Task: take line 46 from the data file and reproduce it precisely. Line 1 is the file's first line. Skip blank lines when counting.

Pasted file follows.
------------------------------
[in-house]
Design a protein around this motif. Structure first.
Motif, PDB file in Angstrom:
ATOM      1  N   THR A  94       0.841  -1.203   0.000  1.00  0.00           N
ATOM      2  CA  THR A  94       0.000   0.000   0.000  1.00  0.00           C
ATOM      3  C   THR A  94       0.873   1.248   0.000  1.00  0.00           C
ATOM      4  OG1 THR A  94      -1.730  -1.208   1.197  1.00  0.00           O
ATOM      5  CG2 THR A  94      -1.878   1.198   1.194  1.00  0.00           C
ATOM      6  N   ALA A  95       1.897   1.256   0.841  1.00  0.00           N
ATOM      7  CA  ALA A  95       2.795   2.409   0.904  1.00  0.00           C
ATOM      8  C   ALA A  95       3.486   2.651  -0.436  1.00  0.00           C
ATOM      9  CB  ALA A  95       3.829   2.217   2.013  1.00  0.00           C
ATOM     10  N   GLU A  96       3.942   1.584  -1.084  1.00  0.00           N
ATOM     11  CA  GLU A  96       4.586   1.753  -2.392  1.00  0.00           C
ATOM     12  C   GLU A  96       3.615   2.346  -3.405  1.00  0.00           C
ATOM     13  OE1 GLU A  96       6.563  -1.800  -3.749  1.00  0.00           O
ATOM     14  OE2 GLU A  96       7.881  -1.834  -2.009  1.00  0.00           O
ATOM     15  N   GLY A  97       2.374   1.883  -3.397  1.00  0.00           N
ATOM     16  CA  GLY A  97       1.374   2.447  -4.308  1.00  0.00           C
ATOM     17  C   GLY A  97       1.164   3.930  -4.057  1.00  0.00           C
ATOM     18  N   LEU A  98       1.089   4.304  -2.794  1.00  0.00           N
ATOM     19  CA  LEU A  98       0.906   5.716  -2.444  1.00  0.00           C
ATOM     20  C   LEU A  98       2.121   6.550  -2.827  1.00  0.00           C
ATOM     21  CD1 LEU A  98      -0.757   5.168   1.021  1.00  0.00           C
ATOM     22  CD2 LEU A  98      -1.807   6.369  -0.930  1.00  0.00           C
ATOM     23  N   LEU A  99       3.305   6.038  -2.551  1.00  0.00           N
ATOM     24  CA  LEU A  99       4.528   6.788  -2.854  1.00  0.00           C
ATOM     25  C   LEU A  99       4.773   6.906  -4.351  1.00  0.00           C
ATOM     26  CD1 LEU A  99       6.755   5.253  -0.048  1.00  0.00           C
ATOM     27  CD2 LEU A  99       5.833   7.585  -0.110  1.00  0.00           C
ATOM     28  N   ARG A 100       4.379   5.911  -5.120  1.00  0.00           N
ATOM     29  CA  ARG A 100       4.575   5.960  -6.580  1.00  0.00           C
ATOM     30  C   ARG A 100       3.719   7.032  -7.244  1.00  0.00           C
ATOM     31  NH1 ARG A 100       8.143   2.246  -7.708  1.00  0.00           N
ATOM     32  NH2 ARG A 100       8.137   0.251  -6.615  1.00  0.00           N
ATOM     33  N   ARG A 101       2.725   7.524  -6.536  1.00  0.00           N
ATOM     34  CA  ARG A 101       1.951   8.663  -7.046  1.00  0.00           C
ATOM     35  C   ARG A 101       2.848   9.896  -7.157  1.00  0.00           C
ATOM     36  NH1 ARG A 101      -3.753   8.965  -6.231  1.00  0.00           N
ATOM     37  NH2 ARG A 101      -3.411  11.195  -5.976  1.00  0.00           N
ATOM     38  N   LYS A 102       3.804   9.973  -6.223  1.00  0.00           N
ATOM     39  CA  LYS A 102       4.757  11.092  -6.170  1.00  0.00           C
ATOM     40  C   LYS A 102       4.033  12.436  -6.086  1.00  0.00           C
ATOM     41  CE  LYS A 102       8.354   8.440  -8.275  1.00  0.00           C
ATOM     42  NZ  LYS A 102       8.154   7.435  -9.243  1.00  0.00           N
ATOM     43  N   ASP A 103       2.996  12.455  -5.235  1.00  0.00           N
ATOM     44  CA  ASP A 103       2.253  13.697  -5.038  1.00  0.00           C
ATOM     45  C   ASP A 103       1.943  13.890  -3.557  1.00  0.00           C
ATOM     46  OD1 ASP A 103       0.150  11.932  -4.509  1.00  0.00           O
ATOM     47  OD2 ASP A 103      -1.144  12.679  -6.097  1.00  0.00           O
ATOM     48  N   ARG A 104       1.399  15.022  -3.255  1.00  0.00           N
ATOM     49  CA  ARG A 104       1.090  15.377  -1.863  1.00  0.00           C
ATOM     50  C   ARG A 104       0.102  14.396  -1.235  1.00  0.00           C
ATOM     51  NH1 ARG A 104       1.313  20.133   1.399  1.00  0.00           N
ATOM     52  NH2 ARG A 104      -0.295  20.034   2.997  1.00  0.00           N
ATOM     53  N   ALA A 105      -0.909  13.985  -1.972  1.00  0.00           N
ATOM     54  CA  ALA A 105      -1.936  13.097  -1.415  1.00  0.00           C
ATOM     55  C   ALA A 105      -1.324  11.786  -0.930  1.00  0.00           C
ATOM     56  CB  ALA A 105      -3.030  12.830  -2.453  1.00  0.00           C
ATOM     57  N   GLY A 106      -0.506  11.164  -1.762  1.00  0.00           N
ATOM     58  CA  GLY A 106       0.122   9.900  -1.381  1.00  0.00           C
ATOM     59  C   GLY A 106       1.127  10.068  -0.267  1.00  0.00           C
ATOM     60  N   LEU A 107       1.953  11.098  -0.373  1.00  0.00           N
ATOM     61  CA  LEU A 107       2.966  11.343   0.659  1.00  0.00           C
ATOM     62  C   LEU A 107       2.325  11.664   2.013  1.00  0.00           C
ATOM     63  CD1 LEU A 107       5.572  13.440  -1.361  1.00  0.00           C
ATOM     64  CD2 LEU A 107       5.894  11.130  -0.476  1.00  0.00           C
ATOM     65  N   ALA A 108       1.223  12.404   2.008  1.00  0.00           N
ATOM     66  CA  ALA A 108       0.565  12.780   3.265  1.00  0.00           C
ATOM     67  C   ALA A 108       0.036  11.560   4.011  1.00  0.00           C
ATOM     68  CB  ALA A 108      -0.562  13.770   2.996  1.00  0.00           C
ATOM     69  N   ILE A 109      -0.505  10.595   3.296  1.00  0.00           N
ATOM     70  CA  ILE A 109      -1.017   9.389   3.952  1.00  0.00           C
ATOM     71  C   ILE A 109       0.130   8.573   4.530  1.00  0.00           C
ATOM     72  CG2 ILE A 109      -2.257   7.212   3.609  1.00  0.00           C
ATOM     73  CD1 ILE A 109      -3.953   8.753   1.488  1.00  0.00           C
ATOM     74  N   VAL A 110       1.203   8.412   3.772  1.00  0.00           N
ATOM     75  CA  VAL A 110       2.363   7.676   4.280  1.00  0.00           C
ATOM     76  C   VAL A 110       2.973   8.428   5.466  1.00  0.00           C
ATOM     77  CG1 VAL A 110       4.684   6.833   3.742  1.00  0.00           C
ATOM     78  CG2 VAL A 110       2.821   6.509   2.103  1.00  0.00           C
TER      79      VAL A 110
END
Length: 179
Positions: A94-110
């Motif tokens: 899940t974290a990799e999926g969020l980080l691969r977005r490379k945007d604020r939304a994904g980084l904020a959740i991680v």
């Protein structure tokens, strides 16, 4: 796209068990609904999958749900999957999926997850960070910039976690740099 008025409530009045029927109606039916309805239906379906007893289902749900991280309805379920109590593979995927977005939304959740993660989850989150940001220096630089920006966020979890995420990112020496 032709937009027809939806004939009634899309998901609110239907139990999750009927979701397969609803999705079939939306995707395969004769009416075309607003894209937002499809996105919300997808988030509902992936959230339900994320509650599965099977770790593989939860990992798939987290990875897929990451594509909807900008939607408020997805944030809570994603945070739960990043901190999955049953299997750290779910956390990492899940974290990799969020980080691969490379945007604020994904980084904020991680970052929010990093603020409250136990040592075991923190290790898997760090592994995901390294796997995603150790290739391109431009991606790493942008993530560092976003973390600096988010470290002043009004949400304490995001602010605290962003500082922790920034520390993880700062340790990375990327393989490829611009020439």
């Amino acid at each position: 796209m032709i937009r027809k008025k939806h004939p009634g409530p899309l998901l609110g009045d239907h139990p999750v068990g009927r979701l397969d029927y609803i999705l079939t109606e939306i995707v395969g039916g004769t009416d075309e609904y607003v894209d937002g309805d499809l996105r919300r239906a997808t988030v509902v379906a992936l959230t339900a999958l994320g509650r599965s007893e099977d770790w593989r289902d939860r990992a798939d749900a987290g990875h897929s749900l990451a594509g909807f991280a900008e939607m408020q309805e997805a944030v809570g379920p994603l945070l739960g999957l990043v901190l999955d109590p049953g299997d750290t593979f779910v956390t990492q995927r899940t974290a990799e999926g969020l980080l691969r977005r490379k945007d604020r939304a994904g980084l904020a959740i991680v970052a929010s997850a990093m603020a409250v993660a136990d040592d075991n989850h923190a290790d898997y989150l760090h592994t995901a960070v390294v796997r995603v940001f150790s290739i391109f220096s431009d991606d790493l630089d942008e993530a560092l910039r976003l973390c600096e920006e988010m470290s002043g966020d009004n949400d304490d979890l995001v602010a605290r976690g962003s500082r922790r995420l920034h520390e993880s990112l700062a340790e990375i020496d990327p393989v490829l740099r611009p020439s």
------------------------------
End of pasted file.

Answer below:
ATOM     43  N   ASP A 103       2.996  12.455  -5.235  1.00  0.00           N